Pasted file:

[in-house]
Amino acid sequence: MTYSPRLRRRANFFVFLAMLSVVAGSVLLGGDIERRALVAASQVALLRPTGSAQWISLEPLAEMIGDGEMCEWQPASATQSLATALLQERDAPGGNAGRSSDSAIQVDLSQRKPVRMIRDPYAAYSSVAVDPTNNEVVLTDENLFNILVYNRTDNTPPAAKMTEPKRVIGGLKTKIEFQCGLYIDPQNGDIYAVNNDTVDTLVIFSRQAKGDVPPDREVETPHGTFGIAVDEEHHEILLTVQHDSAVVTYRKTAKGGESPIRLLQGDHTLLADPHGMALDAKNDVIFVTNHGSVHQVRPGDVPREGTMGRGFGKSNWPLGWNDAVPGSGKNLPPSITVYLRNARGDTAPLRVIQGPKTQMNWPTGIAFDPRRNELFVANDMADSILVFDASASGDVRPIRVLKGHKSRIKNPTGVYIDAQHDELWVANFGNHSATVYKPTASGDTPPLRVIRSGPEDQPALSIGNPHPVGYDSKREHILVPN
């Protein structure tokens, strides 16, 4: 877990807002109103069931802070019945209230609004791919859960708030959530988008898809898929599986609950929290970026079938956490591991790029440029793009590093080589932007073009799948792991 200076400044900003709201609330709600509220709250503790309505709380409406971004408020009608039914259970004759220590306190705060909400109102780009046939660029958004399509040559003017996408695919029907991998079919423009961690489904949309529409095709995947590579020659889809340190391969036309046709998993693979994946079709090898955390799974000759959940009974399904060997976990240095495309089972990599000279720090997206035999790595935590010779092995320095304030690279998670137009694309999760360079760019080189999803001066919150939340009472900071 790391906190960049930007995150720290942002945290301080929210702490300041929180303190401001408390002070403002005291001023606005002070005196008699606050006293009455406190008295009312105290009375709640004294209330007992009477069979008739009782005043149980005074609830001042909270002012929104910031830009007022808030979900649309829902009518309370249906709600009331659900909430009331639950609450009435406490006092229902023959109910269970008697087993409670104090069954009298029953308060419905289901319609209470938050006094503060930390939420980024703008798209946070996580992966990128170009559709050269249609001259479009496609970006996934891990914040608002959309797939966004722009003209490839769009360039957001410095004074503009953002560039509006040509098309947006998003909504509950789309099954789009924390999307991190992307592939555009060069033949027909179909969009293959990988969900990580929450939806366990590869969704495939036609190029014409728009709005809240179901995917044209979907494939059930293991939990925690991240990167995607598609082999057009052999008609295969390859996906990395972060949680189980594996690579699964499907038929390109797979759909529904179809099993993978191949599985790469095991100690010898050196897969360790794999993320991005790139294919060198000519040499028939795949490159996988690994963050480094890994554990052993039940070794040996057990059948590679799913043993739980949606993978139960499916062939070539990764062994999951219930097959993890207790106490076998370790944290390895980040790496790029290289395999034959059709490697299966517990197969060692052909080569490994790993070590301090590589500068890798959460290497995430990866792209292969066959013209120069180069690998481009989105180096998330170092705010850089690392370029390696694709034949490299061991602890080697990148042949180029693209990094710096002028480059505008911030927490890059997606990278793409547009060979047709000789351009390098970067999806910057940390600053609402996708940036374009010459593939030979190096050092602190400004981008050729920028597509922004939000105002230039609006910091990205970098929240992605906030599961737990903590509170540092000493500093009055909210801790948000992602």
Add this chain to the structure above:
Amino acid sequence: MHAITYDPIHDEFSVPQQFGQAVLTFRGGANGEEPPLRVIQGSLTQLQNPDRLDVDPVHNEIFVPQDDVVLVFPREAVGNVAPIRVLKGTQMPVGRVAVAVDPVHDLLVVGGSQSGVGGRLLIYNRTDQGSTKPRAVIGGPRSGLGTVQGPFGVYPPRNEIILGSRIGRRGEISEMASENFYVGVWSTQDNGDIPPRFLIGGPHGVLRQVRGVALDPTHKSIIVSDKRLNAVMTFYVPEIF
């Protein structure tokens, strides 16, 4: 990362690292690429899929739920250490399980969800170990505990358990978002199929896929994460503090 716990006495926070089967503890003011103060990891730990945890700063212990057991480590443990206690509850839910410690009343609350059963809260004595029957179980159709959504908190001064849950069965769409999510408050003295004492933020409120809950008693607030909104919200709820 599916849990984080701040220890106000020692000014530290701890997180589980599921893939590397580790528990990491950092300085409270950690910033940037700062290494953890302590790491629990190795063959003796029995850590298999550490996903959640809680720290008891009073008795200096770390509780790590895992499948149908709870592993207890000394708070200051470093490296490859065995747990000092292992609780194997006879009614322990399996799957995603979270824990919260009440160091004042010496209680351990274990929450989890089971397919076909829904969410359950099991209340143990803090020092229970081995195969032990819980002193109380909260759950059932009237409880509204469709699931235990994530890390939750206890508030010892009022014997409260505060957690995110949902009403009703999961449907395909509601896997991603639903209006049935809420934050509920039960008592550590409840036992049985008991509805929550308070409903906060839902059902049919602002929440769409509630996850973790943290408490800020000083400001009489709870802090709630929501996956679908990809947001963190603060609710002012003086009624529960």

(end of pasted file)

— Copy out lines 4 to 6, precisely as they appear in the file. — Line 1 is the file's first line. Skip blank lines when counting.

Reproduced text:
Add this chain to the structure above:
Amino acid sequence: MHAITYDPIHDEFSVPQQFGQAVLTFRGGANGEEPPLRVIQGSLTQLQNPDRLDVDPVHNEIFVPQDDVVLVFPREAVGNVAPIRVLKGTQMPVGRVAVAVDPVHDLLVVGGSQSGVGGRLLIYNRTDQGSTKPRAVIGGPRSGLGTVQGPFGVYPPRNEIILGSRIGRRGEISEMASENFYVGVWSTQDNGDIPPRFLIGGPHGVLRQVRGVALDPTHKSIIVSDKRLNAVMTFYVPEIF
């Protein structure tokens, strides 16, 4: 990362690292690429899929739920250490399980969800170990505990358990978002199929896929994460503090 716990006495926070089967503890003011103060990891730990945890700063212990057991480590443990206690509850839910410690009343609350059963809260004595029957179980159709959504908190001064849950069965769409999510408050003295004492933020409120809950008693607030909104919200709820 599916849990984080701040220890106000020692000014530290701890997180589980599921893939590397580790528990990491950092300085409270950690910033940037700062290494953890302590790491629990190795063959003796029995850590298999550490996903959640809680720290008891009073008795200096770390509780790590895992499948149908709870592993207890000394708070200051470093490296490859065995747990000092292992609780194997006879009614322990399996799957995603979270824990919260009440160091004042010496209680351990274990929450989890089971397919076909829904969410359950099991209340143990803090020092229970081995195969032990819980002193109380909260759950059932009237409880509204469709699931235990994530890390939750206890508030010892009022014997409260505060957690995110949902009403009703999961449907395909509601896997991603639903209006049935809420934050509920039960008592550590409840036992049985008991509805929550308070409903906060839902059902049919602002929440769409509630996850973790943290408490800020000083400001009489709870802090709630929501996956679908990809947001963190603060609710002012003086009624529960």